Gadolinium chelate contrast material in pregnancy

Fetal biodistribution in the nonhuman primate

Karen Oh, Victoria Roberts, Matthias Schabel, Kevin Grove, Mark Woods, Antonio Frias

Research output: Contribution to journalArticle

21 Citations (Scopus)

Abstract

Purpose: To determine the extent to which gadolinium chelate is found in nonhuman primate fetal tissues and amniotic fluid at 19-45 hours after intravenous injection of a weight-appropriate maternal dose of the contrast agent gadoteridol. Materials and Methods: Gravid Japanese macaques (n = 14) were maintained as approved by the institutional animal care and utilization committee. In the 3rd trimester of pregnancy, the macaques were injected with gadoteridol (0.1 mmol per kilogram of maternal weight). Fetuses were delivered by means of cesarean section within 24 hours of maternal injection (range, 19-21 hours; n = 11) or 45 hours after injection (n = 3). Gadolinium chelate levels in the placenta, fetal tissues, and amniotic fluid were obtained by using inductively coupled plasma mass spectrometry. The Wilcoxon rank sum test was used for quantitative comparisons. Results: Gadoteridol was present in the fetoplacental circulation at much lower quantities than in the mother. At both time points, the distribution of gadolinium chelate in the fetus was comparable to that expected in an adult. The highest concentration of the injected dose (ID) was found in the fetal kidney (0.0161% ID per gram in the 19-21-hour group). The majority of the in utero gadolinium chelate was found in the amniotic fluid and the placenta (mean, 0.1361% ID per organ ± 0.076 [standard deviation] and 0.0939% ID per organ ± 0.0494, respectively). Data acquired 45 hours after injection showed a significant decrease in the gadolinium chelate concentration in amniotic fluid compared with that in the 19-21-hour group (from 0.0017% to 0.0007% ID per gram; P = .01). Conclusion: Amounts of gadolinium chelate in the fetal tissues and amniotic fluid were minimal compared with the maternal ID. This may impact future clinical studies on the safety of gadolinium contrast agent use in pregnancy.

Original languageEnglish (US)
Pages (from-to)110-118
Number of pages9
JournalRadiology
Volume276
Issue number1
DOIs
StatePublished - Jul 1 2015

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Gadolinium
Contrast Media
Primates
Amniotic Fluid
Pregnancy
Fetus
Mothers
Macaca
Nonparametric Statistics
Placenta
Injections
Animal Care Committees
Placental Circulation
Pregnancy Trimesters
Weights and Measures
Intravenous Injections
Cesarean Section
Mass Spectrometry
Kidney
Safety

ASJC Scopus subject areas

  • Radiology Nuclear Medicine and imaging

Cite this

Gadolinium chelate contrast material in pregnancy : Fetal biodistribution in the nonhuman primate. / Oh, Karen; Roberts, Victoria; Schabel, Matthias; Grove, Kevin; Woods, Mark; Frias, Antonio.

In: Radiology, Vol. 276, No. 1, 01.07.2015, p. 110-118.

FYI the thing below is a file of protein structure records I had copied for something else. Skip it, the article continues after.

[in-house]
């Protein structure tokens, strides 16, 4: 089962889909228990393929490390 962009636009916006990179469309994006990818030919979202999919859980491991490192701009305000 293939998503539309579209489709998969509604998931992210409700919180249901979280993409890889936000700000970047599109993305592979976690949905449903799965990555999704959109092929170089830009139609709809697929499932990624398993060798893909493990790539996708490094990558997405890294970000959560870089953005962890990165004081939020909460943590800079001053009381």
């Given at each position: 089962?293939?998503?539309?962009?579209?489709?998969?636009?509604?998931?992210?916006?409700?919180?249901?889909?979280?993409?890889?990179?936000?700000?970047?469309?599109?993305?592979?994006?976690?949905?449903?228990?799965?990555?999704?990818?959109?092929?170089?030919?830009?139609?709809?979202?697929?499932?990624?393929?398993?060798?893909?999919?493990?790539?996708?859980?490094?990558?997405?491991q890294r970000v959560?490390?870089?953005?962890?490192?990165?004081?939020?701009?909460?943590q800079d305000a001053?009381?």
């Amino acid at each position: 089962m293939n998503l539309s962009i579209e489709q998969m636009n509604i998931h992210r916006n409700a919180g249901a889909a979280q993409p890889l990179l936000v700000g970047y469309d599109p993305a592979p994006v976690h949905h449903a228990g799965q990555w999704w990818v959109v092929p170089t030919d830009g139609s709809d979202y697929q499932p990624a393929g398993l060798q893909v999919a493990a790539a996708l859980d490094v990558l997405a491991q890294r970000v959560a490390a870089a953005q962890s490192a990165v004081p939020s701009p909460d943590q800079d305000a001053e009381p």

Research output: Contribution to journalArticle

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abstract = "Purpose: To determine the extent to which gadolinium chelate is found in nonhuman primate fetal tissues and amniotic fluid at 19-45 hours after intravenous injection of a weight-appropriate maternal dose of the contrast agent gadoteridol. Materials and Methods: Gravid Japanese macaques (n = 14) were maintained as approved by the institutional animal care and utilization committee. In the 3rd trimester of pregnancy, the macaques were injected with gadoteridol (0.1 mmol per kilogram of maternal weight). Fetuses were delivered by means of cesarean section within 24 hours of maternal injection (range, 19-21 hours; n = 11) or 45 hours after injection (n = 3). Gadolinium chelate levels in the placenta, fetal tissues, and amniotic fluid were obtained by using inductively coupled plasma mass spectrometry. The Wilcoxon rank sum test was used for quantitative comparisons. Results: Gadoteridol was present in the fetoplacental circulation at much lower quantities than in the mother. At both time points, the distribution of gadolinium chelate in the fetus was comparable to that expected in an adult. The highest concentration of the injected dose (ID) was found in the fetal kidney (0.0161{\%} ID per gram in the 19-21-hour group). The majority of the in utero gadolinium chelate was found in the amniotic fluid and the placenta (mean, 0.1361{\%} ID per organ ± 0.076 [standard deviation] and 0.0939{\%} ID per organ ± 0.0494, respectively). Data acquired 45 hours after injection showed a significant decrease in the gadolinium chelate concentration in amniotic fluid compared with that in the 19-21-hour group (from 0.0017{\%} to 0.0007{\%} ID per gram; P = .01). Conclusion: Amounts of gadolinium chelate in the fetal tissues and amniotic fluid were minimal compared with the maternal ID. This may impact future clinical studies on the safety of gadolinium contrast agent use in pregnancy.",
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